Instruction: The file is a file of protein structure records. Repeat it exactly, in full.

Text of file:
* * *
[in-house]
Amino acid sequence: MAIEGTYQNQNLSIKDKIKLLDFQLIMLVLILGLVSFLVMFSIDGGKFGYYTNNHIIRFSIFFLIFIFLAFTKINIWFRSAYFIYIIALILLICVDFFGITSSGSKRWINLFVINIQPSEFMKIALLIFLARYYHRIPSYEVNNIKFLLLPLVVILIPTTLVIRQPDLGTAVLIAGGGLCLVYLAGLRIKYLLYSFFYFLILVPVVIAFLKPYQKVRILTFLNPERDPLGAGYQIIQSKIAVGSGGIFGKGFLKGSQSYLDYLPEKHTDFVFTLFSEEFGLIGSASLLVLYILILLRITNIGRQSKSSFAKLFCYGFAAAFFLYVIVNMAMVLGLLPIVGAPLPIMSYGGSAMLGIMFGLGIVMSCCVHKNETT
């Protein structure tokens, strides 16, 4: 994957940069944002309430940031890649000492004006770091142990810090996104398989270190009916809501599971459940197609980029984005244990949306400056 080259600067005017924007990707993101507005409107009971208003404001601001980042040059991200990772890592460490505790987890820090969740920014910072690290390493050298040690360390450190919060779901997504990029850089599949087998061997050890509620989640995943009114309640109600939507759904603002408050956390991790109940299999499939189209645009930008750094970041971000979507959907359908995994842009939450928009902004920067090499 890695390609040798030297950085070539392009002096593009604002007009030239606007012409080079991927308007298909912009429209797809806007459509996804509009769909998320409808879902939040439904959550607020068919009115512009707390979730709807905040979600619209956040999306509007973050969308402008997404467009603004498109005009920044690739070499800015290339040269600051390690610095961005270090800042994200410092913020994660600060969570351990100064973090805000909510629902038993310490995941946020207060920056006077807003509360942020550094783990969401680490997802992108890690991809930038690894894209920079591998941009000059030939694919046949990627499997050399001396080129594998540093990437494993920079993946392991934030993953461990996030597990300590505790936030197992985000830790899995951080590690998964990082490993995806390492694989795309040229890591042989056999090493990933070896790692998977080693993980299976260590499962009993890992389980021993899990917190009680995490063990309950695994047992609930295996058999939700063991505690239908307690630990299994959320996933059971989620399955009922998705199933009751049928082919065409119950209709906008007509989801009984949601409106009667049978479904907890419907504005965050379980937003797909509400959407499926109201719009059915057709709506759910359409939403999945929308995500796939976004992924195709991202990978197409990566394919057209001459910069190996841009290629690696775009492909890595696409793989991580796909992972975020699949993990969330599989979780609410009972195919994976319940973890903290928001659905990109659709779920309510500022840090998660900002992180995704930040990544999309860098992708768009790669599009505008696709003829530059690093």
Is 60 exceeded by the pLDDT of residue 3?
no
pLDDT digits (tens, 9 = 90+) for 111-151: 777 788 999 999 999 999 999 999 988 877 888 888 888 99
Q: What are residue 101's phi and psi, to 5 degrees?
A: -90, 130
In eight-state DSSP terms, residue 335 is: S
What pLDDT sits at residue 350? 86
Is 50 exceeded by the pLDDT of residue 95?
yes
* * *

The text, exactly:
[in-house]
Amino acid sequence: MAIEGTYQNQNLSIKDKIKLLDFQLIMLVLILGLVSFLVMFSIDGGKFGYYTNNHIIRFSIFFLIFIFLAFTKINIWFRSAYFIYIIALILLICVDFFGITSSGSKRWINLFVINIQPSEFMKIALLIFLARYYHRIPSYEVNNIKFLLLPLVVILIPTTLVIRQPDLGTAVLIAGGGLCLVYLAGLRIKYLLYSFFYFLILVPVVIAFLKPYQKVRILTFLNPERDPLGAGYQIIQSKIAVGSGGIFGKGFLKGSQSYLDYLPEKHTDFVFTLFSEEFGLIGSASLLVLYILILLRITNIGRQSKSSFAKLFCYGFAAAFFLYVIVNMAMVLGLLPIVGAPLPIMSYGGSAMLGIMFGLGIVMSCCVHKNETT
């Protein structure tokens, strides 16, 4: 994957940069944002309430940031890649000492004006770091142990810090996104398989270190009916809501599971459940197609980029984005244990949306400056 080259600067005017924007990707993101507005409107009971208003404001601001980042040059991200990772890592460490505790987890820090969740920014910072690290390493050298040690360390450190919060779901997504990029850089599949087998061997050890509620989640995943009114309640109600939507759904603002408050956390991790109940299999499939189209645009930008750094970041971000979507959907359908995994842009939450928009902004920067090499 890695390609040798030297950085070539392009002096593009604002007009030239606007012409080079991927308007298909912009429209797809806007459509996804509009769909998320409808879902939040439904959550607020068919009115512009707390979730709807905040979600619209956040999306509007973050969308402008997404467009603004498109005009920044690739070499800015290339040269600051390690610095961005270090800042994200410092913020994660600060969570351990100064973090805000909510629902038993310490995941946020207060920056006077807003509360942020550094783990969401680490997802992108890690991809930038690894894209920079591998941009000059030939694919046949990627499997050399001396080129594998540093990437494993920079993946392991934030993953461990996030597990300590505790936030197992985000830790899995951080590690998964990082490993995806390492694989795309040229890591042989056999090493990933070896790692998977080693993980299976260590499962009993890992389980021993899990917190009680995490063990309950695994047992609930295996058999939700063991505690239908307690630990299994959320996933059971989620399955009922998705199933009751049928082919065409119950209709906008007509989801009984949601409106009667049978479904907890419907504005965050379980937003797909509400959407499926109201719009059915057709709506759910359409939403999945929308995500796939976004992924195709991202990978197409990566394919057209001459910069190996841009290629690696775009492909890595696409793989991580796909992972975020699949993990969330599989979780609410009972195919994976319940973890903290928001659905990109659709779920309510500022840090998660900002992180995704930040990544999309860098992708768009790669599009505008696709003829530059690093």
Is 60 exceeded by the pLDDT of residue 3?
no
pLDDT digits (tens, 9 = 90+) for 111-151: 777 788 999 999 999 999 999 999 988 877 888 888 888 99
Q: What are residue 101's phi and psi, to 5 degrees?
A: -90, 130
In eight-state DSSP terms, residue 335 is: S
What pLDDT sits at residue 350? 86
Is 50 exceeded by the pLDDT of residue 95?
yes